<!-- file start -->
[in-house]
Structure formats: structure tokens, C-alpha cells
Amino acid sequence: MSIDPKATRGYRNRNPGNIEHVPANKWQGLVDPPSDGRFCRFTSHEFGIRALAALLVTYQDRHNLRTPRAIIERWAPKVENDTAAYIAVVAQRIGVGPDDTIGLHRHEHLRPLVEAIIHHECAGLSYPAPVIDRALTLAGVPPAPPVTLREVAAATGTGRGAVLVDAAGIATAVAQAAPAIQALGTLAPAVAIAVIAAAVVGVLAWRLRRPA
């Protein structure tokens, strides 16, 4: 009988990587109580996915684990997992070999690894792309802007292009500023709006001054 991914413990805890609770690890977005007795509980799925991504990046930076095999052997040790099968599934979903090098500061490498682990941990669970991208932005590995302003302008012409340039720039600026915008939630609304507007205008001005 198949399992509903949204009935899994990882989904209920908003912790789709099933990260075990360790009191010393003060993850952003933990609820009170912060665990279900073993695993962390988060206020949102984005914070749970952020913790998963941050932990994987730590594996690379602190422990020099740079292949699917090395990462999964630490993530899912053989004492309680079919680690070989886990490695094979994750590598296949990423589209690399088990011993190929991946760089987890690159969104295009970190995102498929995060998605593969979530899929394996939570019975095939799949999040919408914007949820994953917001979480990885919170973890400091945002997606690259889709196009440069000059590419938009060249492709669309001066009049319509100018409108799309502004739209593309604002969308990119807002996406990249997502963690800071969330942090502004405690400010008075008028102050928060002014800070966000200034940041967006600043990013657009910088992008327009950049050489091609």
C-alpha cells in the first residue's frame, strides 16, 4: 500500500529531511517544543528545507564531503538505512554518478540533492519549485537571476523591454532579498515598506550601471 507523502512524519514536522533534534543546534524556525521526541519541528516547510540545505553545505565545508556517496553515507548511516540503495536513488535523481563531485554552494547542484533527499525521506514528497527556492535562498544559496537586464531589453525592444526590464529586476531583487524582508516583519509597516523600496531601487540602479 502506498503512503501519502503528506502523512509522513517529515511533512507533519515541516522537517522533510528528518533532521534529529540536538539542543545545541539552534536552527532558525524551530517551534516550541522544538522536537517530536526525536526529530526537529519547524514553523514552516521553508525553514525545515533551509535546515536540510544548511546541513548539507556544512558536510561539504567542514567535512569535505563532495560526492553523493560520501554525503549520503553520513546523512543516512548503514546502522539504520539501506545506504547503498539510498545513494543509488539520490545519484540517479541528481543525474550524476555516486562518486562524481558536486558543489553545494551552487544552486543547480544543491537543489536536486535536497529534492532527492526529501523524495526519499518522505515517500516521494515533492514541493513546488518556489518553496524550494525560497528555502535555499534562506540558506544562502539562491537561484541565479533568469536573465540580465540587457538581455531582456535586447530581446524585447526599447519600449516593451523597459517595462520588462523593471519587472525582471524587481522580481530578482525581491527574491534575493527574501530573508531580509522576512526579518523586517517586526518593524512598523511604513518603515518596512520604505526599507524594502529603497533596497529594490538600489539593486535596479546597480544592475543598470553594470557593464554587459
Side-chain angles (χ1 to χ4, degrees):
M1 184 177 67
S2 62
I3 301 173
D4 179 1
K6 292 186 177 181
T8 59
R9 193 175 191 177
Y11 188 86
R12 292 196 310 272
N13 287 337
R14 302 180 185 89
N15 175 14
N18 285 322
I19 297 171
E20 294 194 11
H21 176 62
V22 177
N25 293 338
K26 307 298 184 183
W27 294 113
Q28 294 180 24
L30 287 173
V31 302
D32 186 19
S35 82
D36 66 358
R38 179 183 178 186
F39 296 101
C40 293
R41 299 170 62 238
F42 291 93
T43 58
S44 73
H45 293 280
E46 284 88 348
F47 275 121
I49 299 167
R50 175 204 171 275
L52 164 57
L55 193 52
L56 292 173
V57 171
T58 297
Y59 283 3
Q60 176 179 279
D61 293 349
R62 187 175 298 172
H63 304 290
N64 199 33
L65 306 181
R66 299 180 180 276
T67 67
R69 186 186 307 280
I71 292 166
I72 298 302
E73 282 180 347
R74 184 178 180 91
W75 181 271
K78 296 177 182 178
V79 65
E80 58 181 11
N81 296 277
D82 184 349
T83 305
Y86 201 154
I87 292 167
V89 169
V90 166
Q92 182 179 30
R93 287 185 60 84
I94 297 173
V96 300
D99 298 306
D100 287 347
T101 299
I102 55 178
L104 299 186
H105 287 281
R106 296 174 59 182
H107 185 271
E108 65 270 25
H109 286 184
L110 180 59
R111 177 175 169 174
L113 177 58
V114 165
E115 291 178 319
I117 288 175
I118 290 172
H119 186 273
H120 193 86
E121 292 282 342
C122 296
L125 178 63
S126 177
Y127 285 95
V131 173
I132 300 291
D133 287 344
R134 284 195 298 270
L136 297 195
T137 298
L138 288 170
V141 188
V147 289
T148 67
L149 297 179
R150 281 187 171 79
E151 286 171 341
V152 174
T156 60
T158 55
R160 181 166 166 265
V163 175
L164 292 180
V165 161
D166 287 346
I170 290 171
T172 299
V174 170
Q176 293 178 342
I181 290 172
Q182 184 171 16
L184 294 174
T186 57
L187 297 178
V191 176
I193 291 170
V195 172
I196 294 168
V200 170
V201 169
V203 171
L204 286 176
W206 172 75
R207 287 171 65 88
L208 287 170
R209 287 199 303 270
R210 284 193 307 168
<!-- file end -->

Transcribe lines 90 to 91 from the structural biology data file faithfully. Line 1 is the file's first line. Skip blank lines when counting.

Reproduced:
R111 177 175 169 174
L113 177 58